Complex collaborative activities such as treating patients, co-authoring documents and developing software are often characterized by teamwork that is loosely coupled and extends in time. To remain coordinated and avoid conflicts, team members need to identify dependencies between their activities - which though loosely coupled may interact - and share information appropriately. The loose-coupling of tasks increases the difficulty of identifying dependencies, with the result that team members often lack important information or are overwhelmed by irrelevant information. This paper formalizes a new multi-agent systems problem, Information Sharing in Loosely-Coupled Extended-Duration Teamwork (ISLET). It defines a new representation, Mutual Influence Potential Networks (MIP-Nets) and an algorithm, MIP-DOI, that uses this representation to determine the information that is most relevant to each team member. Importantly, because the extended duration of the teamwork precludes team members developing complete plans in advance, the MIP-Nets approach, unlike prior work on information sharing, does not rely on a priori knowledge of a team's possible plans. Instead, it models collaboration patterns and dependencies among people and their activities based on team-members' interactions. Empirical evaluations show that this approach is able to learn collaboration patterns and identify relevant information to share with team members.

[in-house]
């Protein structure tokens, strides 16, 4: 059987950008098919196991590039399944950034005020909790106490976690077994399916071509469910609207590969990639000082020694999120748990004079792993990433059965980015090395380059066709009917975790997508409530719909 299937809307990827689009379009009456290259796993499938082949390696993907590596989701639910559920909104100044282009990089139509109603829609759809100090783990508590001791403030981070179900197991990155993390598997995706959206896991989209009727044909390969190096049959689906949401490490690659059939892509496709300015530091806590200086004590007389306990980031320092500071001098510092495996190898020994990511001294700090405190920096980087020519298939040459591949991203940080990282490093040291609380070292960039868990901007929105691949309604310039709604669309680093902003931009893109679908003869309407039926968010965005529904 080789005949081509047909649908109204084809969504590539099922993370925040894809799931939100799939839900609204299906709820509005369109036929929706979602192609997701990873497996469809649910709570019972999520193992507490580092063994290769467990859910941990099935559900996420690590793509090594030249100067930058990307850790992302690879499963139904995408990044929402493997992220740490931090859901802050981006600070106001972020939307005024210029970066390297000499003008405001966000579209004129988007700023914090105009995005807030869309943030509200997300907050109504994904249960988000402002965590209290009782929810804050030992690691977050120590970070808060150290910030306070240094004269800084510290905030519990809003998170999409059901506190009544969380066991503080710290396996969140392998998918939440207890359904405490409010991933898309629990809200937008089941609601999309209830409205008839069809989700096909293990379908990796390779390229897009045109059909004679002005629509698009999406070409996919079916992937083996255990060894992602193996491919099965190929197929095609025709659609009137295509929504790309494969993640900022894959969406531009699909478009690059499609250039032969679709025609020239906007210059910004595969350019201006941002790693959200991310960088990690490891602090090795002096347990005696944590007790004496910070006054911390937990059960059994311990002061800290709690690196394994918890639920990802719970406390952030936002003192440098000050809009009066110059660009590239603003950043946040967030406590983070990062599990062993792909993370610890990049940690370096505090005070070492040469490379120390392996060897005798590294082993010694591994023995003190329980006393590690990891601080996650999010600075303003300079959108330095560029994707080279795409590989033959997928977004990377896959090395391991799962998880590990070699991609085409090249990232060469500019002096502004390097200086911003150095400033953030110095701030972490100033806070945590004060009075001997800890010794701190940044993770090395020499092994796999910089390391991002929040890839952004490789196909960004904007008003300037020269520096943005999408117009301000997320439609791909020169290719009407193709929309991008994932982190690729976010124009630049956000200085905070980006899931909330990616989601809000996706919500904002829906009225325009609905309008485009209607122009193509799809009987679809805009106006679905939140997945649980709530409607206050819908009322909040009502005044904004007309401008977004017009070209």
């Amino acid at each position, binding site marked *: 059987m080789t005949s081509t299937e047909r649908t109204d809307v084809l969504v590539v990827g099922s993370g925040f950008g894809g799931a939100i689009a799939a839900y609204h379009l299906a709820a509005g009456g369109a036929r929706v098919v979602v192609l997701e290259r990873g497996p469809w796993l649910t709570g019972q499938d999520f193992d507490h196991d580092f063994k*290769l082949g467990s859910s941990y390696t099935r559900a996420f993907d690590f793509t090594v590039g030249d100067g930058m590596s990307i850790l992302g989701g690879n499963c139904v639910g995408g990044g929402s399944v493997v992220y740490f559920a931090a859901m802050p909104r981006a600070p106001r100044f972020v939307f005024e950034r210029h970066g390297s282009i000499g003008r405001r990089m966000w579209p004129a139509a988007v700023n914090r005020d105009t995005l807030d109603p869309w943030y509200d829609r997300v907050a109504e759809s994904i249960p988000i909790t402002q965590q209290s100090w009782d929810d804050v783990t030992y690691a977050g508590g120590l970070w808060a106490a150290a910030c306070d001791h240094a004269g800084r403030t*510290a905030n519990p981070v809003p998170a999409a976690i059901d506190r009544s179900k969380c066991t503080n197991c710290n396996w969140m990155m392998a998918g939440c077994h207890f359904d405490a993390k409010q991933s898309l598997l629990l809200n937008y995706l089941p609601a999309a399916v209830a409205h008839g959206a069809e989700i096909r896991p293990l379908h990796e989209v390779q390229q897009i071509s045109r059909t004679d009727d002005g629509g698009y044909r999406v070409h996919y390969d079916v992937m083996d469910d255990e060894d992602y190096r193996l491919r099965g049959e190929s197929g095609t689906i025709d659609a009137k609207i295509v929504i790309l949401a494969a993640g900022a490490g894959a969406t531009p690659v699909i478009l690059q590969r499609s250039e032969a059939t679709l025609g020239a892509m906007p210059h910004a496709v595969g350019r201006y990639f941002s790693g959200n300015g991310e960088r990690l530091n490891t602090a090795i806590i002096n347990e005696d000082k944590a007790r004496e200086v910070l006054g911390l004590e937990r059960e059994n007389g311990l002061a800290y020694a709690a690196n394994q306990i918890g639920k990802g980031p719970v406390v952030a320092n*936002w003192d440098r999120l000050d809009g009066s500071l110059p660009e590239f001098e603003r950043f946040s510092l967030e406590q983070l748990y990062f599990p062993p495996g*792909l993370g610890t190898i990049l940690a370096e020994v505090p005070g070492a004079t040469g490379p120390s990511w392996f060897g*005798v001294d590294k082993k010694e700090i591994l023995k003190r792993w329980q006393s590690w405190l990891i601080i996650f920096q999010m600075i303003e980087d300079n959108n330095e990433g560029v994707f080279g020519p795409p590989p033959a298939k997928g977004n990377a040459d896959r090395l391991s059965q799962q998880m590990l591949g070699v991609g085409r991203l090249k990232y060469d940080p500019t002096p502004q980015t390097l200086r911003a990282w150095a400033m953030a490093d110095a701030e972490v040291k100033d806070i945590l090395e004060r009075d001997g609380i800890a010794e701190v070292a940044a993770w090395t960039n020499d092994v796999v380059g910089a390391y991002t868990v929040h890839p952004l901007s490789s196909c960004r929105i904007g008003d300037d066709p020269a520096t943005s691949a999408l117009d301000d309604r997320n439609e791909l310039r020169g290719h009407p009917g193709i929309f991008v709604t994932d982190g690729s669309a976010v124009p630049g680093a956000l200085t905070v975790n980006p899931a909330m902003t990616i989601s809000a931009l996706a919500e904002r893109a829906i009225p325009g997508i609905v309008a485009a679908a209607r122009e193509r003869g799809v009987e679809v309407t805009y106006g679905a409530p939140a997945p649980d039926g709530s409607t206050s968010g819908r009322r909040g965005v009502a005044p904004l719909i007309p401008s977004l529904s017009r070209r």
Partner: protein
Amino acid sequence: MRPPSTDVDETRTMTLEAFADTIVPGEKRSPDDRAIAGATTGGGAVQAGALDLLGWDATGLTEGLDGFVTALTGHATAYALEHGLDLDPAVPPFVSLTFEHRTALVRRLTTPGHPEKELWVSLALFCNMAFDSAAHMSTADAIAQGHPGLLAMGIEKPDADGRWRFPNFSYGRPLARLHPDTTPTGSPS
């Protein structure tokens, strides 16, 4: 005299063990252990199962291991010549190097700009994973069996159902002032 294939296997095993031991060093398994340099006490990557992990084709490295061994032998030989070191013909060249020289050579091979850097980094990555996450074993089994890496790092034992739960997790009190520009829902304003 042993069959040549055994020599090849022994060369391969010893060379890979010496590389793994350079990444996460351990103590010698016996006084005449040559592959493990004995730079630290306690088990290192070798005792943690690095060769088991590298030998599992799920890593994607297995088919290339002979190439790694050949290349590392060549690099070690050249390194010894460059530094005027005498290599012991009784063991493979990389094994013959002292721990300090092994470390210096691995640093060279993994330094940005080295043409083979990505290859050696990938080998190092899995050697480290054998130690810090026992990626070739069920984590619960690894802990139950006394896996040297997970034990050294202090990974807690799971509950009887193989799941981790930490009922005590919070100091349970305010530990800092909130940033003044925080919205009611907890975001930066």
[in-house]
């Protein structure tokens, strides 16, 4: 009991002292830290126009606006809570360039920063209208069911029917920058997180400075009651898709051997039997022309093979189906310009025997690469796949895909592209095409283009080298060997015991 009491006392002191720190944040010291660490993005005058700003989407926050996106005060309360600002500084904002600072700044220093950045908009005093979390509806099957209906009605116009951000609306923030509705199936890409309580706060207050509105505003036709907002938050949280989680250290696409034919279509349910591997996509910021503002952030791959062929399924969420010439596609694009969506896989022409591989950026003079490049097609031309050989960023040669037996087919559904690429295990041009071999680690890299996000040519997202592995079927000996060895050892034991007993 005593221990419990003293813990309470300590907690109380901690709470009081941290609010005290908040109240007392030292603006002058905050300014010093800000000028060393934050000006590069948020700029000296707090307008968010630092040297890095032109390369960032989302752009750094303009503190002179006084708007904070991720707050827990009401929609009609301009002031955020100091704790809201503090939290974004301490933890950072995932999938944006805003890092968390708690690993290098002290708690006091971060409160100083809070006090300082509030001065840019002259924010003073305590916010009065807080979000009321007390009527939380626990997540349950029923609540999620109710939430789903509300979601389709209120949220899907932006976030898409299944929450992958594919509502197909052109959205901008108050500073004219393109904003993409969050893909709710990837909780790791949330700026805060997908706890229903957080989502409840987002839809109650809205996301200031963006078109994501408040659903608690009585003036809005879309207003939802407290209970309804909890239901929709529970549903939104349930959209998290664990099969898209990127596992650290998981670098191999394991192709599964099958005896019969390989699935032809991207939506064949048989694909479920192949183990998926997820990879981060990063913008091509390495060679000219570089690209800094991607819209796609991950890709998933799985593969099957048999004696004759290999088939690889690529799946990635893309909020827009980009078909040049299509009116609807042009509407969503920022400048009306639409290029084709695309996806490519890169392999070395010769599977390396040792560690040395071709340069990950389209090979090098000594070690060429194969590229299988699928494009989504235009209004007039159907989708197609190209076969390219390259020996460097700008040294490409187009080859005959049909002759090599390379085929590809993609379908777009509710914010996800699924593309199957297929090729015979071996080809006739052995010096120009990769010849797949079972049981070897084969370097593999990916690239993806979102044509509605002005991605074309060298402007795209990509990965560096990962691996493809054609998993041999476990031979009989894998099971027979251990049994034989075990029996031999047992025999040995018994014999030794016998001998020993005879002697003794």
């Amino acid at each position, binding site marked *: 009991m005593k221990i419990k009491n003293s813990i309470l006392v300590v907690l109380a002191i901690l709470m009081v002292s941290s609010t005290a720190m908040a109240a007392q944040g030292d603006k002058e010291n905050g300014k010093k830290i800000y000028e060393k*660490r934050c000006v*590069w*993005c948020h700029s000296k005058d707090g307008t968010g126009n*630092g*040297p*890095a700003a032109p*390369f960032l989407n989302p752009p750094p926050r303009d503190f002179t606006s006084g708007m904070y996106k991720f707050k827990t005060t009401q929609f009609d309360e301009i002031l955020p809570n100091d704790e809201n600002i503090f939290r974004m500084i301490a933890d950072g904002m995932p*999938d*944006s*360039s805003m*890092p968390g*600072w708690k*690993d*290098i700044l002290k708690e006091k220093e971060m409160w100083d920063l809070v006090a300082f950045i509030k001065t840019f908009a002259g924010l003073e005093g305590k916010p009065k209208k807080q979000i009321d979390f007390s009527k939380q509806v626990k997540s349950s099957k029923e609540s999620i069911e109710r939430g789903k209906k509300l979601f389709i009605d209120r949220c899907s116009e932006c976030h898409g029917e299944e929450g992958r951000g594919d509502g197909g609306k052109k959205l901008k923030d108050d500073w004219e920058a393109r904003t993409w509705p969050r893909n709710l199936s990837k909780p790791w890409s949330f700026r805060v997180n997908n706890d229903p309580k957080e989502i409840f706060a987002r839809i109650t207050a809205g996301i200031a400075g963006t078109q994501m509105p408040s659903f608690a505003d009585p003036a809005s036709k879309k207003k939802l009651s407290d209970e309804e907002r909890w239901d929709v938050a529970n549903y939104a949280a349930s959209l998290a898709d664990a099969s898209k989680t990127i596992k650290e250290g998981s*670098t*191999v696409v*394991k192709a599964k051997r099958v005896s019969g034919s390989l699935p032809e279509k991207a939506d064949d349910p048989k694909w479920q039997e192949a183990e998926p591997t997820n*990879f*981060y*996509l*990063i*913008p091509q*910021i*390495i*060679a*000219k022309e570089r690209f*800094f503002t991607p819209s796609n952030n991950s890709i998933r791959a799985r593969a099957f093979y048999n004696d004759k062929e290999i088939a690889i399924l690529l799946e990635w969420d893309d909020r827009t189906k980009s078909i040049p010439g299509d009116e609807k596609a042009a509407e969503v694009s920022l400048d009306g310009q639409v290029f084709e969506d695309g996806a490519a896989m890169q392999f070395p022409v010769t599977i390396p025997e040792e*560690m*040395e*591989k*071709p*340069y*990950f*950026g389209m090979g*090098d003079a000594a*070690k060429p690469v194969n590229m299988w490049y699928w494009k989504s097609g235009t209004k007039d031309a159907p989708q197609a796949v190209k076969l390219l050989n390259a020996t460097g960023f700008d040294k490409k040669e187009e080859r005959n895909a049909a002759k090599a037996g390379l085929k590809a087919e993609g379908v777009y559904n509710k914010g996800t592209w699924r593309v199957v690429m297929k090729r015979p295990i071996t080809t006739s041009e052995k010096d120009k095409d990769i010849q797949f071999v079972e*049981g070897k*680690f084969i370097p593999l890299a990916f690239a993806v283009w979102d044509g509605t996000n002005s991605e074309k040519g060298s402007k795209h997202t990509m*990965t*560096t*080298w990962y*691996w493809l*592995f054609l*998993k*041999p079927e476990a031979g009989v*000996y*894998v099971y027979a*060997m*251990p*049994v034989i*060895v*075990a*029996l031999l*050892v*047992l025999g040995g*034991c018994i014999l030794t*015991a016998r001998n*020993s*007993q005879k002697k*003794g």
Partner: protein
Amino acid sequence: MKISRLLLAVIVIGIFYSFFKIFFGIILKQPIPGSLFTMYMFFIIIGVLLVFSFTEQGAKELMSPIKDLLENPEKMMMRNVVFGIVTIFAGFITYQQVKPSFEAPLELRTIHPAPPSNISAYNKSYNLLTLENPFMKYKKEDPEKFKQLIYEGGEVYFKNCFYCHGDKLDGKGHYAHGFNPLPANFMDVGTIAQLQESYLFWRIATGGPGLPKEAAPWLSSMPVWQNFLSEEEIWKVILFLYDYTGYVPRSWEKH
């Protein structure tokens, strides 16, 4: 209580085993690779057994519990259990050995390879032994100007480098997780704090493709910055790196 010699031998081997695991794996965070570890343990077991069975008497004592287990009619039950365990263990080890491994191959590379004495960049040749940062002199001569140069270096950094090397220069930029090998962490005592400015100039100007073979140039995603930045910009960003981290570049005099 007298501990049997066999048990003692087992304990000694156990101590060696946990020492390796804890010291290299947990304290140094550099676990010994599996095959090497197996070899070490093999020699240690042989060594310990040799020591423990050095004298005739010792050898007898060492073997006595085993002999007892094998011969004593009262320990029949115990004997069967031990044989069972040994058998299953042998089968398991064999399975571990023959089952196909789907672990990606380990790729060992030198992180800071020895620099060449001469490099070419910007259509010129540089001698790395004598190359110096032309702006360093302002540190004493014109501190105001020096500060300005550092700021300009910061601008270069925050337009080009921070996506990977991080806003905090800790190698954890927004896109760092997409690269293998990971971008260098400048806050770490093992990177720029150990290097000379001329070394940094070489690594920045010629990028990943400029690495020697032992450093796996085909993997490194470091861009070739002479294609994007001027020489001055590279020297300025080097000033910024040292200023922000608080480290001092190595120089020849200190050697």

Ofra Amir, Barbara Grosz, and Krzysztof Z. Gajos. Mutual influence potential networks: Enabling information sharing in loosely-coupled extended-duration teamwork. In Proceedings of IJCAI'16, 2016.BibTeX